Ha Ha Ha!!! I think you may have a point there ;) Can't think of any better rationale for the attitude ;)

    Yes, re getting all tests done at the one place is definitely sensible. Wouldn't be comparable otherwise, of course. Thanks for the links. They're now in favourites, for easy access.

    No, I haven't seen the videos. I'll have to check them out. Thanks for that. However, I have read 'Could It Be B12', plus 'What You Need to Know About Pernicious Anaemia and Vit B12 Deficiency' by Martyn Hooper. Both great books. I'm going to get Martyn Hooper's book (above) for my GP ;) Don't know if it'll do any good but, if he would read it, I can't think of a better book for a GP. I feel it's worth the price, eh? ;)

    Regarding self treating, depending on the outcome of the next appt with him, I may be telling I am considering self treating. It will be interesting to see his response.

    Thanks for sharing that your B12 level was always around 300, which was considered fine. Nothing has changed, has it. It does make me wonder what it's going take before the GPs see 'the light' Grrrr!!! ;)

    J

  • Sympathise with being overwealmed with medical flannel from the " expert" .I also work best in writing ... but do they read it?

    Sent letter to endo copied to GP re how ignorant and useless the endo was but had no reply nor was it ever referred to.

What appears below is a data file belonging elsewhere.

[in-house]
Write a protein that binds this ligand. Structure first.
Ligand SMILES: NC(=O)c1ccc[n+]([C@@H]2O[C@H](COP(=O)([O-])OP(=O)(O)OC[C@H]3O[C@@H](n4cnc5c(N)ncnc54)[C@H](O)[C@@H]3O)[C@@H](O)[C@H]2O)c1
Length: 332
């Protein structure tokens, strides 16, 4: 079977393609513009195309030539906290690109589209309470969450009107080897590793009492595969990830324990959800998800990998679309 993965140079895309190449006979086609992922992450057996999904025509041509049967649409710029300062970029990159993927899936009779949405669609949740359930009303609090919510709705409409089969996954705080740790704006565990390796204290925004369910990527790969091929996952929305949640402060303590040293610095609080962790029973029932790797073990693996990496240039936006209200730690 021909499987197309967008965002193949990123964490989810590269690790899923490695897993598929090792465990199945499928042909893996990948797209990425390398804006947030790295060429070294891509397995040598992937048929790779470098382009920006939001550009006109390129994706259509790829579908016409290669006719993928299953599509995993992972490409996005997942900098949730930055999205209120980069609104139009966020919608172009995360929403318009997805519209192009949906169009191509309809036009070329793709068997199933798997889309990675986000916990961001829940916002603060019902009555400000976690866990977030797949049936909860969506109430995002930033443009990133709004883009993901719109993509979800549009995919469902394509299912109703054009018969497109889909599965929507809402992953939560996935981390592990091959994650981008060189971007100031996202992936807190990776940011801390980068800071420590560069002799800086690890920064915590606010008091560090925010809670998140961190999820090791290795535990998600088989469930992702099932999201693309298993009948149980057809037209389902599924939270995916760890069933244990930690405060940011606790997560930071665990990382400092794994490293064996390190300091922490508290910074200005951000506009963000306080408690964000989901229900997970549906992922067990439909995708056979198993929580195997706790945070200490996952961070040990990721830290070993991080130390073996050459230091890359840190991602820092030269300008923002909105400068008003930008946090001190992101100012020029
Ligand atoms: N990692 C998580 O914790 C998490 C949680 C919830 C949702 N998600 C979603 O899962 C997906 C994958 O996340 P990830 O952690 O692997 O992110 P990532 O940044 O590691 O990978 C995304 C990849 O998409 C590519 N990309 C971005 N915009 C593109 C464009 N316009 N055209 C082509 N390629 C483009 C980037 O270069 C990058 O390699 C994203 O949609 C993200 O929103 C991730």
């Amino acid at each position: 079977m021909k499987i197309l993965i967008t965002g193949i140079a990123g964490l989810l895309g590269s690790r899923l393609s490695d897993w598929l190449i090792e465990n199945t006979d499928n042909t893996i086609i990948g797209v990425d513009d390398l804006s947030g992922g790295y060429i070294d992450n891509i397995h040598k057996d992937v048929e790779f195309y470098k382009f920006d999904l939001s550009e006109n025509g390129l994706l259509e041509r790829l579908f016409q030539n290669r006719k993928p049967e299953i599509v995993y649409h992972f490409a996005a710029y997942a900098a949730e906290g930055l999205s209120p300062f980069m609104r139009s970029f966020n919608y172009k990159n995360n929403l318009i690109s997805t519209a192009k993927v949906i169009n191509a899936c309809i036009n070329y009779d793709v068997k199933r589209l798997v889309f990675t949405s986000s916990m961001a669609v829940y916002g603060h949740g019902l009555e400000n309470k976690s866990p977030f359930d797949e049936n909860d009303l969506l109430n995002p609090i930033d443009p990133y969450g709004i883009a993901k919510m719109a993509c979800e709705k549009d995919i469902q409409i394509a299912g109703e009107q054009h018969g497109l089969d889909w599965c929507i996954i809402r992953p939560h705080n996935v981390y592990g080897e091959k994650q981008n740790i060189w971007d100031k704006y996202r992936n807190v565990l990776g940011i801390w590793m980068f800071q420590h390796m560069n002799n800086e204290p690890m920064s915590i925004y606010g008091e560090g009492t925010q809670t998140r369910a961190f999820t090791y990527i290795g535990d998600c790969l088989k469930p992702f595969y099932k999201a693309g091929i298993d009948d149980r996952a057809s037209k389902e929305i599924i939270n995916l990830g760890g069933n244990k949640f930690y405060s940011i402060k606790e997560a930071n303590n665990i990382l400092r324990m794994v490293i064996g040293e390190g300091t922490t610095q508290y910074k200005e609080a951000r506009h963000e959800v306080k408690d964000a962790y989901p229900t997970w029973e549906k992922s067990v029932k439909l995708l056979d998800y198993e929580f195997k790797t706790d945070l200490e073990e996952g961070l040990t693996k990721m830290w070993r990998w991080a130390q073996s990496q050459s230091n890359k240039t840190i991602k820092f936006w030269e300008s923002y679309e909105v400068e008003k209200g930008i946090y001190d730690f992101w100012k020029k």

• Umm, depended on how it was worded, neither maybe felt it needed a reply.

    Hopefully, your care improved a bit, for a short while (ooh, there went a pig flying past ;) )

    I feel there are some 'rules' to writing letters to professionals, ie GP, Consultants etc. Firstly, be aware there is no way they will read past the first page so important to be clear and succint etc.

    Yes, my GP did read my letter, written a couple of weeks ago and it did encourage a two-way discussion. Granted, I didn't get all I wanted but I was able to get the most important, which was further investigations. I hadn't expected to achieve all ;)

    Not an easy life, eh? ;) J

  • What I have found particularly frustrating is that, although the NHS lab refuses to test my T3, my daughter who has overactive thyroid and is treated with carbimazole gets her T3 tested every time. She didn't believe me at first when I told her the NHS wouldn't test mine!!

  • Coz it's a 'different' disease, in that T3 is seen to be a more important feature of the physiology of being HypER.

    Of course doctors could get T3 tested - if they wanted to!!! I really can't believe Path Labs can over-ride a valid request from a doctor

    It's all part of the 'fob off' we get so often :(

  • I must be very lucky where I am, (Perth) as my tsh t4 and t3 have been tested every time since diagnosis in 2016. I have probably jinxed that now by mentioning it. Ha ha.

    Jo xx

  • Just checked here and meant to say 2006.

    Jo xx